Column from Germany: Should I be concerned about rising right-wing extremism in Christian regions?
It was long ago that we saw so many demonstrators in Germany. It all has to do with a secret meeting of right-wing extremists, considering the mass deportation of people who have fled to our country is moving many, many people.
Following the publication of this meeting with participants from the far-right “Alternative for Germany” (AfD) party, there were not only horrified reactions from politicians and church leaders but also an increasing number of demonstrations in major German cities. In Berlin, the police estimated the number of participants outside the Bundestag at around 100,000.
There were so many people that big streets had to be cleared as more and more participants flocked to the road. According to police estimates, around 50,000 people demonstrated in Bremen; in Hamburg, the police counted 50,000 participants, and in Frankfurt, there were around 40,000.
There must have been a quarter of a million or more demonstrators in many cities in total. That is a remarkable testimony to civil society, something that has not been seen in Germany for a very long time! But that is only one side of the coin.
The other side is this: According to current opinion polls, 20 to 25 per cent of Germans would consider voting for exactly this AfD party. In eastern Germany, in particular, formerly governed by communists, there is even the possibility that this party will form the government in one or two federal states in the autumn. In the state of Saxony, the AfD has 35 per cent of votes in opinion polls. But Saxony is the very state that might be the most Christian state in eastern Germany.
Public outrage, therefore, does not correspond to the intentions of large sections of the population, who are often referred to in German as the “silent majority”.
Remarkably, some representatives of the AfD did not deny the allegations about the ‘secret meeting’ after they became known, but on the contrary, emphasised that this was precisely the intention of their party and that they promised voters that they would implement this after being elected.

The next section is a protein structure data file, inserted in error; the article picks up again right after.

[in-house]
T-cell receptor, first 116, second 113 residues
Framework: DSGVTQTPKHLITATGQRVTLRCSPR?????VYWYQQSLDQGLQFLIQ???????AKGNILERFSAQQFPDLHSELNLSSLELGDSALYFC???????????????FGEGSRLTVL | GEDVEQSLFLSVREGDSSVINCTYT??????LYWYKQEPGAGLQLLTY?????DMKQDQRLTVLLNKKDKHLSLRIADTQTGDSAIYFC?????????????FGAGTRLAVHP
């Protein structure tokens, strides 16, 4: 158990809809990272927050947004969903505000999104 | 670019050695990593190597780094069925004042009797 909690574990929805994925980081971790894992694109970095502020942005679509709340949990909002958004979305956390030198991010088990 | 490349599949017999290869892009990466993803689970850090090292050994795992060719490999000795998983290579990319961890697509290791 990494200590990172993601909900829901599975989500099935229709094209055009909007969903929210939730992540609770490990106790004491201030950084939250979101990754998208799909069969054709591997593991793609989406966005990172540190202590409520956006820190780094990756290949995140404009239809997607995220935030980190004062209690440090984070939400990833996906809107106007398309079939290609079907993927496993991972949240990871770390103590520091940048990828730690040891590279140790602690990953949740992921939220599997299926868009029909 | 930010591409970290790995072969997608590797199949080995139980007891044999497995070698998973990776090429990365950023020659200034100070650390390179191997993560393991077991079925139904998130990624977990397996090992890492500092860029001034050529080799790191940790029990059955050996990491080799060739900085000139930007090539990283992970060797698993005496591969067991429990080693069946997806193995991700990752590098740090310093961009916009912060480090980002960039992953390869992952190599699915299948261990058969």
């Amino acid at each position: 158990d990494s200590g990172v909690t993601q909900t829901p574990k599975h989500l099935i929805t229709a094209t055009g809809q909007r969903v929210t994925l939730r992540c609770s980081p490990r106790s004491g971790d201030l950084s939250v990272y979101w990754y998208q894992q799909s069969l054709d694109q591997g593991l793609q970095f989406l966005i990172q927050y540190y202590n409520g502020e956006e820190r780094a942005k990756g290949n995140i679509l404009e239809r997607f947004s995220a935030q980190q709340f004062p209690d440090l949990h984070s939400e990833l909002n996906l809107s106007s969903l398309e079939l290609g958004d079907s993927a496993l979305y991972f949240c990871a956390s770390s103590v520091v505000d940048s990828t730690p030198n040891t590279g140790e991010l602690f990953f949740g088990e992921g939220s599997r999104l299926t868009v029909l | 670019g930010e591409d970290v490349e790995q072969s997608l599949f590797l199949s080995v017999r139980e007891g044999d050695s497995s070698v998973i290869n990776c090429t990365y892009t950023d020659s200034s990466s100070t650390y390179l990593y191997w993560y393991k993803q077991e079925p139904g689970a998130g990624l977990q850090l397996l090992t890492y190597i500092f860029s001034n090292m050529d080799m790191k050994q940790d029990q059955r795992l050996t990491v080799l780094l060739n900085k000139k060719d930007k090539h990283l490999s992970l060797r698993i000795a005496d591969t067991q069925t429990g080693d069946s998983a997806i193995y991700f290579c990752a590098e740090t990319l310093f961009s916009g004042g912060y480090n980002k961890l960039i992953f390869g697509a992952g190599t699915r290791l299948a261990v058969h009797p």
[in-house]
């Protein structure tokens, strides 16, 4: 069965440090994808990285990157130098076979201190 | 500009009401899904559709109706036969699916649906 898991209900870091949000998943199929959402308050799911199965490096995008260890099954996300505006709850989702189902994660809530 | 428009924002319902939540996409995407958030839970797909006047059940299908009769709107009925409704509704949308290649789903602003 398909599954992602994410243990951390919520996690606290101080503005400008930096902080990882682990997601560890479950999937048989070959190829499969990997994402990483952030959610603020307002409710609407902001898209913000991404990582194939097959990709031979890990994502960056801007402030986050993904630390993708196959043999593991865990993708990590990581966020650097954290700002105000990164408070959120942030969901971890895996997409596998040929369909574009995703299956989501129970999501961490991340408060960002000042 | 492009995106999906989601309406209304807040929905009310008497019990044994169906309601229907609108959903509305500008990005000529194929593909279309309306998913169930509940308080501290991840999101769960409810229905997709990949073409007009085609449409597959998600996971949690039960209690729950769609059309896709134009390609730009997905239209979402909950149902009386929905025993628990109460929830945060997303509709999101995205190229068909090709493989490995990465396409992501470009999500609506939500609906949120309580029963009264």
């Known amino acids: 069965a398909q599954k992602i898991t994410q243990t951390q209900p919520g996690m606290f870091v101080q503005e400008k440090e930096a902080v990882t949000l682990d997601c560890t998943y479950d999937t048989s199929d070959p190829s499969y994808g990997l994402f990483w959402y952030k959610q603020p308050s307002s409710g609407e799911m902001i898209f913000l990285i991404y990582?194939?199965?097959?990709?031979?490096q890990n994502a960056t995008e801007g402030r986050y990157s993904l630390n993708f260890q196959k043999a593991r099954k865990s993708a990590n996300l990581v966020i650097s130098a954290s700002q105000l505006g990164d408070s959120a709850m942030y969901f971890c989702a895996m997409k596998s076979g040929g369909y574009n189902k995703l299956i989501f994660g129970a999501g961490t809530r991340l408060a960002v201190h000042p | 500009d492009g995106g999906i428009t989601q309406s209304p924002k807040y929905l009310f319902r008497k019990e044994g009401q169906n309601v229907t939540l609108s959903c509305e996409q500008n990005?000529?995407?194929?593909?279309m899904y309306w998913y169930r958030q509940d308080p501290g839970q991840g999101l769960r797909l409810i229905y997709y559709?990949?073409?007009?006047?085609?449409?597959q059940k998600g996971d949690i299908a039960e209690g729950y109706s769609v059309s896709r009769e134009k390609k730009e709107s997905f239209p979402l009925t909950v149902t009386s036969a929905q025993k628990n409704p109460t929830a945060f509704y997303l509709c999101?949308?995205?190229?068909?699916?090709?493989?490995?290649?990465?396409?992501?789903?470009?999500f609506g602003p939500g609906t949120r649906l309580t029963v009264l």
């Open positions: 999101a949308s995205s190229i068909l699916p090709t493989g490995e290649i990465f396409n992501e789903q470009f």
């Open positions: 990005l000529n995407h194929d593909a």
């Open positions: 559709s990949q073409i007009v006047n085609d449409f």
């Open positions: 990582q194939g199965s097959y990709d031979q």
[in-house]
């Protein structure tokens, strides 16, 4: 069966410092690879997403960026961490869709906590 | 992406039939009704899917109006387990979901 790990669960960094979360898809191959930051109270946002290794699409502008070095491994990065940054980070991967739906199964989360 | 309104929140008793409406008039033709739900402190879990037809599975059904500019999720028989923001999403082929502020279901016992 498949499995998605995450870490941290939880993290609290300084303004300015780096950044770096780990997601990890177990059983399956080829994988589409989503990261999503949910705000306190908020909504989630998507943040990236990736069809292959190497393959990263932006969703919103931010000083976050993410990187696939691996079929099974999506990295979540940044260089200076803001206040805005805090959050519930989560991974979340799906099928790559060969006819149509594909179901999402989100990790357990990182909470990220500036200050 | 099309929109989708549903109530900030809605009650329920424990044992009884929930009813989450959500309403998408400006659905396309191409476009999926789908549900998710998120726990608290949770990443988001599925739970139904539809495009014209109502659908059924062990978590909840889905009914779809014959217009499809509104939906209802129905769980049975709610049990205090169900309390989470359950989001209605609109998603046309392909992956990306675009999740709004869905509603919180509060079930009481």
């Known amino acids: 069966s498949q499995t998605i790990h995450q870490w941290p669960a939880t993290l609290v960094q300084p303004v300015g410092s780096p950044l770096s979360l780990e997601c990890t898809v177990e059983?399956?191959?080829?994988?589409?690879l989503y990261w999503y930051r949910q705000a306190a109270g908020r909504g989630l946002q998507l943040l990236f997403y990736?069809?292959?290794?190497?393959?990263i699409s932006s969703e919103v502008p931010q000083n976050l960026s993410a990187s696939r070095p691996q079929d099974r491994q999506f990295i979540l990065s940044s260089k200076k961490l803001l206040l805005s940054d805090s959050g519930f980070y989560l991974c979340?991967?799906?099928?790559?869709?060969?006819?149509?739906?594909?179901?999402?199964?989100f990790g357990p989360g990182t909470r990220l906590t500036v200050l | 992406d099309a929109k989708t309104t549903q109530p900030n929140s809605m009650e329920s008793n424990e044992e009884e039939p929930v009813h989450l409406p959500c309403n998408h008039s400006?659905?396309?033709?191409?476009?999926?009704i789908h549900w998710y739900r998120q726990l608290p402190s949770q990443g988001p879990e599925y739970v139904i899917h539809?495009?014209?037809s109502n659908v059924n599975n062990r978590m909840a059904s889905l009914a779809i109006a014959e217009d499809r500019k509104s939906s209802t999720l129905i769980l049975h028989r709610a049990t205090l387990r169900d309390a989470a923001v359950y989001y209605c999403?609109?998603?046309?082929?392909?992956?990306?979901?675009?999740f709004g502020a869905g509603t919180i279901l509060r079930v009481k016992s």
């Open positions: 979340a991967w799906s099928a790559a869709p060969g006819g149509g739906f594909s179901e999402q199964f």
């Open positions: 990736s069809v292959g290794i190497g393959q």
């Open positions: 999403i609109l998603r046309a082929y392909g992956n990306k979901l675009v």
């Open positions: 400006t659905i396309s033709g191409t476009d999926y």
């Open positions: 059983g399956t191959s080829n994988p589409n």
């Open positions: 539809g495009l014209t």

No doubt, expelling people from the country in which they live is a clear violation of human rights, as enshrined in the UN Declaration of Human Rights. This declaration is the applicable law in Germany. However, the secret meeting was not “only” about sending people who had fled to Germany back somewhere – also, people with German citizenship were to be expatriated and deported. This would be a violation of not only the UN Declaration of Human Rights but also of the German constitution.
That is why there are increasingly loud voices calling for this party to be banned as unconstitutional. Such a thing is possible in Germany but is associated with very high hurdles and a long duration. Many politicians oppose a ban because this party, its ideas, and the people who want to vote for it need to be addressed.
Unfortunately, at the moment, it is challenging to come to terms with this because Germany has one of the weakest federal governments in a long time. Federal Chancellor Olaf Scholz finds communicating difficult, and the three-party government is divided on content.
If new elections were held now, the Chancellor’s party, the time-honoured Social Democratic Party (SPD), would probably receive less than 15 per cent of the vote. And the three-party government coalition as a whole would undoubtedly lose the election.
Is this a hopeless situation? An inevitable path to a right-wing extremist state government in eastern Germany that is planning unconstitutional deportations?
For Christians, it is an impossible prospect. But it is impossible for a second reason because we know God has everything in his hands. That is why many Christians in Germany hope and pray that this development will not occur and that a miracle will happen to save us from it.
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